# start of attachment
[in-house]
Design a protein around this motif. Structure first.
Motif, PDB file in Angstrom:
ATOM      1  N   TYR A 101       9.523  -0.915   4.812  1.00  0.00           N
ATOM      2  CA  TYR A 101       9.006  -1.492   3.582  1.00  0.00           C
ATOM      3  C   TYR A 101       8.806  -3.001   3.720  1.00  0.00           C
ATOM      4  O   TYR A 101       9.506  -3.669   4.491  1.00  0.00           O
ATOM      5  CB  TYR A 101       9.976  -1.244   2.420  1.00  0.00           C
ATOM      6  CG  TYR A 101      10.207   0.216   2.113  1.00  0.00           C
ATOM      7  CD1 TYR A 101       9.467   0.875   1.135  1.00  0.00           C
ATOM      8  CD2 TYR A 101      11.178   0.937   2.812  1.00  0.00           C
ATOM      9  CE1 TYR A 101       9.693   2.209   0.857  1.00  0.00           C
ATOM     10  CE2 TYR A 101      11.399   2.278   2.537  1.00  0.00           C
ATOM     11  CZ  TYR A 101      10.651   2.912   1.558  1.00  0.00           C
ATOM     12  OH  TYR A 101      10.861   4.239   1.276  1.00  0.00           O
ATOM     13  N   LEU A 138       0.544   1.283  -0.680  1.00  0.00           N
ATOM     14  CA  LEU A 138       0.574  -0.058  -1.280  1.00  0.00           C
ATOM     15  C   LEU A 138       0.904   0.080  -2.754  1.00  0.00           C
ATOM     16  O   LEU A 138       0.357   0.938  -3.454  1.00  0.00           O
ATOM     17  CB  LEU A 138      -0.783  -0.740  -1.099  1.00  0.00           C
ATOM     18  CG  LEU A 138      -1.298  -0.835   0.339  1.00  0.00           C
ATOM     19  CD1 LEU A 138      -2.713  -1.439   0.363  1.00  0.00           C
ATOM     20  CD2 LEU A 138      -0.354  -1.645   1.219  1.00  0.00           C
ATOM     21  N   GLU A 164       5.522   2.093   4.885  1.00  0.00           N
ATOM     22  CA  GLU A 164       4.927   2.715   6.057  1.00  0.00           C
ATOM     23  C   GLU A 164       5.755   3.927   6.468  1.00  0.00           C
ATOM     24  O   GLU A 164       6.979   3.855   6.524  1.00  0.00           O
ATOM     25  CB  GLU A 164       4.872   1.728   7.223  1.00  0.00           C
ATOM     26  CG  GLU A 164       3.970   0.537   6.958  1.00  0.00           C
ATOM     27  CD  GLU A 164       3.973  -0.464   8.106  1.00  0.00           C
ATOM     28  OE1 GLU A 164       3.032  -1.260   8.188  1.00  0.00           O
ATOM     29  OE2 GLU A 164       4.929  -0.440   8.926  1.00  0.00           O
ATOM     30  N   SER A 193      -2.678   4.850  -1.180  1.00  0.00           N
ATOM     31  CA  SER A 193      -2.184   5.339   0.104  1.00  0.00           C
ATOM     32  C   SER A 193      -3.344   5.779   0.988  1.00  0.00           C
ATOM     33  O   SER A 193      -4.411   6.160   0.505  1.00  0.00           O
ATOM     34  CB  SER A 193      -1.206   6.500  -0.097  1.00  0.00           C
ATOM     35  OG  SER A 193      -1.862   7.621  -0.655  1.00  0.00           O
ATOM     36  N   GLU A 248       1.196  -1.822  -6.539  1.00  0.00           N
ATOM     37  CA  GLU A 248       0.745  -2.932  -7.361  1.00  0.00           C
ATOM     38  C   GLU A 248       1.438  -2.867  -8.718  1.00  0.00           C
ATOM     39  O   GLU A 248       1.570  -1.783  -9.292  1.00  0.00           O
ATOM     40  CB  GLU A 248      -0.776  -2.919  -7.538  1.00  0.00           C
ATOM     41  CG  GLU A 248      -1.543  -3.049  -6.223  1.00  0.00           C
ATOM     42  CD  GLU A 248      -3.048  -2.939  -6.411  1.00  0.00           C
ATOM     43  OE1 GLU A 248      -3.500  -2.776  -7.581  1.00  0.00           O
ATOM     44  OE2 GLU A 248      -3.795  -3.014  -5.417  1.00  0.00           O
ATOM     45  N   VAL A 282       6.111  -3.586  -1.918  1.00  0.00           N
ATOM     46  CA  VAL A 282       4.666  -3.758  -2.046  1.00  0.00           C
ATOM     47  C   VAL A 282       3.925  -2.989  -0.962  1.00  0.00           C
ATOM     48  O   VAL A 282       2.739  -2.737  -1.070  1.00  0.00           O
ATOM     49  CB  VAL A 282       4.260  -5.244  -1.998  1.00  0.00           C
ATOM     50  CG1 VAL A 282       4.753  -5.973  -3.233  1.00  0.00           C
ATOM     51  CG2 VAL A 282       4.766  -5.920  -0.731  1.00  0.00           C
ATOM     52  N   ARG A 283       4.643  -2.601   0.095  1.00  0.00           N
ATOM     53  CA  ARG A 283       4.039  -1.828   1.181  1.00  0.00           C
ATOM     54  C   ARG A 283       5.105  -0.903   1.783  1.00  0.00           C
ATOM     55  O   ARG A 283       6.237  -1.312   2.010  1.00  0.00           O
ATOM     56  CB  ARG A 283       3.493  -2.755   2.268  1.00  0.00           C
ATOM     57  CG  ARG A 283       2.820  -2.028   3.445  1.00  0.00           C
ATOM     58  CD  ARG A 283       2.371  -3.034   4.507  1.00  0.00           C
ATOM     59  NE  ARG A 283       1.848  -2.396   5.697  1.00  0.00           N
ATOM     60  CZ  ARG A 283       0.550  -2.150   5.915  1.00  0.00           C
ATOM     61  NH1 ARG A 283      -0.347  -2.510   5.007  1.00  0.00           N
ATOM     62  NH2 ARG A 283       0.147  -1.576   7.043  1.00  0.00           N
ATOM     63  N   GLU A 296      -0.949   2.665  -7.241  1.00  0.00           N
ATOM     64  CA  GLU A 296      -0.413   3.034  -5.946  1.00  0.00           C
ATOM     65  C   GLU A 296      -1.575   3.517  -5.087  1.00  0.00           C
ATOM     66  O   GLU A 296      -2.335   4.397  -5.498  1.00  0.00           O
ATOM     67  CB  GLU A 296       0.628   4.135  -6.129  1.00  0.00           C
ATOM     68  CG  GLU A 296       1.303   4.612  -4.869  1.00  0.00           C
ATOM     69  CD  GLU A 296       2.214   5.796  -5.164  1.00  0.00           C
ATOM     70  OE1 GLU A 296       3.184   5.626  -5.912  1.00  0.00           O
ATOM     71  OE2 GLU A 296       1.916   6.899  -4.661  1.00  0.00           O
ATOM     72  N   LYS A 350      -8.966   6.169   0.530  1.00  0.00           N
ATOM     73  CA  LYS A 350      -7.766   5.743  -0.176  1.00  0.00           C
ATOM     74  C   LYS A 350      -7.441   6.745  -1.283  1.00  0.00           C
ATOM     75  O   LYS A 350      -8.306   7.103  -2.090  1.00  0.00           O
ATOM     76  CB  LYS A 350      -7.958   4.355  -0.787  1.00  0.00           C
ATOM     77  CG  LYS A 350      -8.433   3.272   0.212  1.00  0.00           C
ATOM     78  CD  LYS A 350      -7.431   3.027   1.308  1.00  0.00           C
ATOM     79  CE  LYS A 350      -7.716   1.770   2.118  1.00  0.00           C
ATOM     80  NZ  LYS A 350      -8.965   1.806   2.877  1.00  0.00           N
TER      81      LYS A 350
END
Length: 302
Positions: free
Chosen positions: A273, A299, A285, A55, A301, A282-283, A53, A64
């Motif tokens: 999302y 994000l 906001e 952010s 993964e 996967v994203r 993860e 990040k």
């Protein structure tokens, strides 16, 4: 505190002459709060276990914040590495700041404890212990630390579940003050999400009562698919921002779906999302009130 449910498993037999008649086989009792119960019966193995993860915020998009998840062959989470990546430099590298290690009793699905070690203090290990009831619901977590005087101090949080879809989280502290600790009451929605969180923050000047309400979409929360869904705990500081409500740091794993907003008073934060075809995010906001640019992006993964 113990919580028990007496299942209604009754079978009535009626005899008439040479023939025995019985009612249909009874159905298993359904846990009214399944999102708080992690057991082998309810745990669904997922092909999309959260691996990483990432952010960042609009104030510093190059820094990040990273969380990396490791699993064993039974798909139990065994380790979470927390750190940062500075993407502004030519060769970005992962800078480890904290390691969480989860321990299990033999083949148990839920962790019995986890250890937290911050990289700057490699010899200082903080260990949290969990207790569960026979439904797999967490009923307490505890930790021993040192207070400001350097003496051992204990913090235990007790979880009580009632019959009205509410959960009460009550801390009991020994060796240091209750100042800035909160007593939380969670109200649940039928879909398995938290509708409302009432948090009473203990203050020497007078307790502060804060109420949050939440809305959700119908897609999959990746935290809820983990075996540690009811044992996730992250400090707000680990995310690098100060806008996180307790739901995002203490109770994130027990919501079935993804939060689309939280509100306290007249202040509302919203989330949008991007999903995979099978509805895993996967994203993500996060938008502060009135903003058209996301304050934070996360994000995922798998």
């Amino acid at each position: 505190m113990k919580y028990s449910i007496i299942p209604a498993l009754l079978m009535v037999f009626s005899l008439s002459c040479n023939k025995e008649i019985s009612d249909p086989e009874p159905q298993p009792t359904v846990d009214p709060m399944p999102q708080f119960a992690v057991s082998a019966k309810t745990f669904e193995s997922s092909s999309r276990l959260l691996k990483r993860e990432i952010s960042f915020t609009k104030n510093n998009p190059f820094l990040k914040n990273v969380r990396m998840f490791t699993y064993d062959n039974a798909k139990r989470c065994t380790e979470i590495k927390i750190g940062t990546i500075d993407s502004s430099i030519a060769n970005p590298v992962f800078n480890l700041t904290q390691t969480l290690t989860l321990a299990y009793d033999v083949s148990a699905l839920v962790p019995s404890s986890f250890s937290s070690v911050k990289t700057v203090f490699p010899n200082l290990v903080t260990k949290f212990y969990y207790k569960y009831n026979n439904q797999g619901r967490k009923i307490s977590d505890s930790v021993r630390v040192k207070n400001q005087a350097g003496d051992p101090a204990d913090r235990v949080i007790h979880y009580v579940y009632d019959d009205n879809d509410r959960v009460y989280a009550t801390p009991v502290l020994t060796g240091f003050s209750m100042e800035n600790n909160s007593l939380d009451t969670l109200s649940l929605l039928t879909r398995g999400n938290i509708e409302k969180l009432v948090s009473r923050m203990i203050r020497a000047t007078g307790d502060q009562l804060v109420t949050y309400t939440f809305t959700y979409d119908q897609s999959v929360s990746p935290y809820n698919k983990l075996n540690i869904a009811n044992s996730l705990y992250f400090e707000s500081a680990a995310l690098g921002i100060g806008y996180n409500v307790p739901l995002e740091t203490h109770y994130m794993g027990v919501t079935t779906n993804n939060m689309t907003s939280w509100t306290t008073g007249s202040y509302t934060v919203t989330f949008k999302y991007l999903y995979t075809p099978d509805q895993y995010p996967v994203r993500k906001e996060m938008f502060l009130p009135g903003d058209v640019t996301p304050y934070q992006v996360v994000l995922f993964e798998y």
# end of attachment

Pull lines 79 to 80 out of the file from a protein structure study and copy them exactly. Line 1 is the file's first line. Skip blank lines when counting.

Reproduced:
ATOM     76  CB  LYS A 350      -7.958   4.355  -0.787  1.00  0.00           C
ATOM     77  CG  LYS A 350      -8.433   3.272   0.212  1.00  0.00           C